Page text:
The Department of Agriculture and Water Resources has directed a second vessel to leave Australian Territory, as a result of significant risks associated with brown marmorated stink bug (BMSB).
Following reports from the vessel operator that exotic insects had been found on board, the vessel was directed to remain at anchorage at a safe distance from Australia’s border. The vessel arrived at Fremantle port. No cargo was off-loaded and the vessel did not visit any other Australian ports. While it was anchored off-shore, biosecurity officers conducted an inspection and six different species of exotic insects, including BMSB, were detected.
The department considered these findings, along with the risk management plan submitted by the vessel operator, and concluded that the vessel posed an unacceptable risk for Australia. The vessel operator fully cooperated with the department throughout the process.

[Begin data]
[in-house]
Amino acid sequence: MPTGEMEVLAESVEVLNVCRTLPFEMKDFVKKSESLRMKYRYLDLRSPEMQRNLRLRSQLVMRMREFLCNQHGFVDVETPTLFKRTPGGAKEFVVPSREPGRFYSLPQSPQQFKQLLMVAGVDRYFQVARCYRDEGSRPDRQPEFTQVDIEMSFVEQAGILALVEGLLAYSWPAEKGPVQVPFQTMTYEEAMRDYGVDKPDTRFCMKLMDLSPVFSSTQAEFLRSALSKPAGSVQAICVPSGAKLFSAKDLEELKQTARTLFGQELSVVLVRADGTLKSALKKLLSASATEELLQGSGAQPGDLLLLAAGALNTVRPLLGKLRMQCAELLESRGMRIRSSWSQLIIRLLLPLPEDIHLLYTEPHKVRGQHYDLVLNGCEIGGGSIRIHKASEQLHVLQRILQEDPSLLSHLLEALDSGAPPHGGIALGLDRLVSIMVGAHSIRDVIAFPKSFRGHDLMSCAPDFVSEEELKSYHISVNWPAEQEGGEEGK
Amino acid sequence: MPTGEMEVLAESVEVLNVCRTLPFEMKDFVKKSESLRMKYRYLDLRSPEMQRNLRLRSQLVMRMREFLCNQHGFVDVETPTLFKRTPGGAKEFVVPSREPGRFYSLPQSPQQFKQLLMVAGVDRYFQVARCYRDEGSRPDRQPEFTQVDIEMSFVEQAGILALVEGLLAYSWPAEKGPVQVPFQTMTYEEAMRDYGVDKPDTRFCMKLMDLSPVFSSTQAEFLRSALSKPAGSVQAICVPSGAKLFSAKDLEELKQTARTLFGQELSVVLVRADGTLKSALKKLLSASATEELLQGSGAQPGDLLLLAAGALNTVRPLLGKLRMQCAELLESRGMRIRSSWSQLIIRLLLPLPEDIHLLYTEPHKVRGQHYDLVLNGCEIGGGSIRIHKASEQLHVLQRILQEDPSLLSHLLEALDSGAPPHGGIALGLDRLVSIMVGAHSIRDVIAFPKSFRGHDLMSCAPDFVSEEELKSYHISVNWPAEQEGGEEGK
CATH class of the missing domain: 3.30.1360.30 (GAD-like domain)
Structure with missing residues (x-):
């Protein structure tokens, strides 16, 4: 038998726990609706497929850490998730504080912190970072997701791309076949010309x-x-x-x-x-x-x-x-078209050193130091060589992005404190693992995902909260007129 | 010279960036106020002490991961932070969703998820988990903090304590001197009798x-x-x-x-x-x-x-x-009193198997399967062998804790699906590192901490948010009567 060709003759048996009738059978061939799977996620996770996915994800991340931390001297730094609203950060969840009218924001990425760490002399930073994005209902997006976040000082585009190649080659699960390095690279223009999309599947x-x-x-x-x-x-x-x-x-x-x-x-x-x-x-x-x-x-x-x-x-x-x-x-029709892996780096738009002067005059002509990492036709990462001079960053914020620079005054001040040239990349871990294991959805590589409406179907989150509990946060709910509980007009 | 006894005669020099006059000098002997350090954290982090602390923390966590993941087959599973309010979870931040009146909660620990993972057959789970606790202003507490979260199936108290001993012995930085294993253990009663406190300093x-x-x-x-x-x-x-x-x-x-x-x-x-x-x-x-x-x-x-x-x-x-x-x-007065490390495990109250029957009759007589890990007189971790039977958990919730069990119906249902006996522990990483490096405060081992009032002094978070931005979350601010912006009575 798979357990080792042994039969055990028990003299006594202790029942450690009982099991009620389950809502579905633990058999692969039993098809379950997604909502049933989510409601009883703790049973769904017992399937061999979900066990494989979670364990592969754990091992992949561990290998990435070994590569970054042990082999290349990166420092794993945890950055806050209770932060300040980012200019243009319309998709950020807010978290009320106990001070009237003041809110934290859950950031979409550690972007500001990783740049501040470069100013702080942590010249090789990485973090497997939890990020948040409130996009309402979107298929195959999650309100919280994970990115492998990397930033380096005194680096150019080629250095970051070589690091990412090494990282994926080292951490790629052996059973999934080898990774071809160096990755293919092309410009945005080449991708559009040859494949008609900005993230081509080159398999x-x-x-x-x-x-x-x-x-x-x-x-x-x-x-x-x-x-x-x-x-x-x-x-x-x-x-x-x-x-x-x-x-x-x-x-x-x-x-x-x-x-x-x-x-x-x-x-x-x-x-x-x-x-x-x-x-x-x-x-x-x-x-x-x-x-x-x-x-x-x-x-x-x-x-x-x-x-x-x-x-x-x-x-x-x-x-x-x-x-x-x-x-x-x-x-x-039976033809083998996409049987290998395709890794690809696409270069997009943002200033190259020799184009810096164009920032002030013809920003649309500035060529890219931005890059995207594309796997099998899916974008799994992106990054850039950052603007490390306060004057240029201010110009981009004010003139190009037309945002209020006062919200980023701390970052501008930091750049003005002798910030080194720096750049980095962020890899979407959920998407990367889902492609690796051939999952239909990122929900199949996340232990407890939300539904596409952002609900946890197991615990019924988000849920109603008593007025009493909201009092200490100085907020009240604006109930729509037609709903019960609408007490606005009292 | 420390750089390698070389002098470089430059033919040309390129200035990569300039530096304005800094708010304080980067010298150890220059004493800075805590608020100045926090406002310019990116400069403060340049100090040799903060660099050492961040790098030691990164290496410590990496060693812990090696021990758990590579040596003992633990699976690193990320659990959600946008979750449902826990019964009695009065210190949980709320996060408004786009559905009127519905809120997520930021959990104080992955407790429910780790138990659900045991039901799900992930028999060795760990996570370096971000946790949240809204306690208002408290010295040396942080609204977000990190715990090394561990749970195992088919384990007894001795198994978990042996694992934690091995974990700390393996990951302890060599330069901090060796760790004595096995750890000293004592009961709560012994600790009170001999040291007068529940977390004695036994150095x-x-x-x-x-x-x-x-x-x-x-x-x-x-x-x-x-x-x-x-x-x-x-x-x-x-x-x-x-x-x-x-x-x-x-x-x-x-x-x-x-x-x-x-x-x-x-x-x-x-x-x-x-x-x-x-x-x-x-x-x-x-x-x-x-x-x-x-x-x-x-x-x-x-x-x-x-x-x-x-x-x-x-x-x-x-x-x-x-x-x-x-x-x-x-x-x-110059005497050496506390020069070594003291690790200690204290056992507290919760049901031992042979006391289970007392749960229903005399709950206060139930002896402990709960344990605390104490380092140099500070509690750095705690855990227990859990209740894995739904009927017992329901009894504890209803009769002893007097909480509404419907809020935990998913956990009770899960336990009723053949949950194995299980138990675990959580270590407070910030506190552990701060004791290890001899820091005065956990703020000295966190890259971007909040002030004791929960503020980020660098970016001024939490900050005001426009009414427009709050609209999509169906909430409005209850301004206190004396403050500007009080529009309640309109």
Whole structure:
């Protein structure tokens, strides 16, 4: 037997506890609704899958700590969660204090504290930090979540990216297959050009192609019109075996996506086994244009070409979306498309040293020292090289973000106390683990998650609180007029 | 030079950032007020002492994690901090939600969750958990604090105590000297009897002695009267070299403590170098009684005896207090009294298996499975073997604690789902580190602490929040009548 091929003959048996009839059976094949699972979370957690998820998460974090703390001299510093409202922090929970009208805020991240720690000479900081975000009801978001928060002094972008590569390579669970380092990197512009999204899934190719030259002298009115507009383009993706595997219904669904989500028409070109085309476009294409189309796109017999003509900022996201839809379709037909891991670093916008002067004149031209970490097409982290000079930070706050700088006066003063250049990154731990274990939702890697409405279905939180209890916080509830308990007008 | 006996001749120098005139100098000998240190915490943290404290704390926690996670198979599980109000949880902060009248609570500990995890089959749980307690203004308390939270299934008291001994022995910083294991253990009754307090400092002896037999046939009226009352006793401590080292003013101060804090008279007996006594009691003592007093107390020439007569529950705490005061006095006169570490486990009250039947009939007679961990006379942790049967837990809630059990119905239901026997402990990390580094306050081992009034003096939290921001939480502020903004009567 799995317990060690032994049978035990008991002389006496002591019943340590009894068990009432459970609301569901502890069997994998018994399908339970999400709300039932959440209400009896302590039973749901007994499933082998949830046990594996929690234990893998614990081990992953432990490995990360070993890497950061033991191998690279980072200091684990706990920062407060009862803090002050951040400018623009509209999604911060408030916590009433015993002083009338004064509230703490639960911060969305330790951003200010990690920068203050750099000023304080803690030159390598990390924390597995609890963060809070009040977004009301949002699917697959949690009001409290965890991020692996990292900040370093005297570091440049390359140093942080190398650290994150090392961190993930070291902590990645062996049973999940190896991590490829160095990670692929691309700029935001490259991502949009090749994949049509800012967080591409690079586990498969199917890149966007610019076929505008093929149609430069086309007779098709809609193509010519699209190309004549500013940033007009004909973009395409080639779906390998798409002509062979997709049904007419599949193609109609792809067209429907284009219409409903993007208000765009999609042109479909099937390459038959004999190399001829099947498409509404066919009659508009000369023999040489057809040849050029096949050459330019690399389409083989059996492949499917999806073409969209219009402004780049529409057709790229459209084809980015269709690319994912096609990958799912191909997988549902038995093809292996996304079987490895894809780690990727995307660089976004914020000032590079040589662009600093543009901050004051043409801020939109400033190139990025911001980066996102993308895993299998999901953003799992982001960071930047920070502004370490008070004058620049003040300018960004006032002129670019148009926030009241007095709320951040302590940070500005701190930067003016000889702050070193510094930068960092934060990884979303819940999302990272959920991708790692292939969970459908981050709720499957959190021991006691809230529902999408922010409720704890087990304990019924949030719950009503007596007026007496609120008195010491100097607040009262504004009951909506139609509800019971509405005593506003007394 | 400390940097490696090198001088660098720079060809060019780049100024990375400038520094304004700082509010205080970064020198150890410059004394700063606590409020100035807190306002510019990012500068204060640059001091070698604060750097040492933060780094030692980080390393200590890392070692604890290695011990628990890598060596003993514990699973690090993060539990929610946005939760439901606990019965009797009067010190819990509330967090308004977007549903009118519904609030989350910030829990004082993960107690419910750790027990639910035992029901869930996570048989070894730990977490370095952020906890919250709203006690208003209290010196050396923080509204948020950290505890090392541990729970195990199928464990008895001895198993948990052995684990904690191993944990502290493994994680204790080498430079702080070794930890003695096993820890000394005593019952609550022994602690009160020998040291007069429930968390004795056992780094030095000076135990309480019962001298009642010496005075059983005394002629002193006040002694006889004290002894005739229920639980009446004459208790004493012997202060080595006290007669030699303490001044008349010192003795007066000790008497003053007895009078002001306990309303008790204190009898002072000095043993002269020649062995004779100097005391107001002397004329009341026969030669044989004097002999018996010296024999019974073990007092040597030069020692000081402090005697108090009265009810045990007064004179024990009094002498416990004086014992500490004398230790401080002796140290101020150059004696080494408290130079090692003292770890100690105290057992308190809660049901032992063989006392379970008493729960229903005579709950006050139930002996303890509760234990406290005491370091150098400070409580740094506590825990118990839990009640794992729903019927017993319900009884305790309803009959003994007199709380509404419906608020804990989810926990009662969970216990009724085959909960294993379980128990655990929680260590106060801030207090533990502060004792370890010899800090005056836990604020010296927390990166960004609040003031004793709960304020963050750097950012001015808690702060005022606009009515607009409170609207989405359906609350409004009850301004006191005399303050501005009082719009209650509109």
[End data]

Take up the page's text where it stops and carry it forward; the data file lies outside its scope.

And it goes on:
BMSB is a significant threat for Australia’s $12 billion horticulture industries, because of its wide host range and the damage it can do to grapevines, vegetable crops, and fruit and ornamental trees. BMSB are a threat to agricultural industries and the environment, feeding on over 300 different plant species. They are also a threat to public amenity and human health.
The department has managed a number of BMSB detections at the border this season and continues to review all detections and the risk pathways to adjust import measures as needed. This season the department has implemented stronger measures to manage increasing risks associated with this significant cargo pest.
“Thanks to our strict biosecurity conditions, Australia remains free from many pests and diseases that are present in other countries and have the potential to impact on our $60 billion agriculture industries, the environment, plant, animal and human health”, said the department’s media release.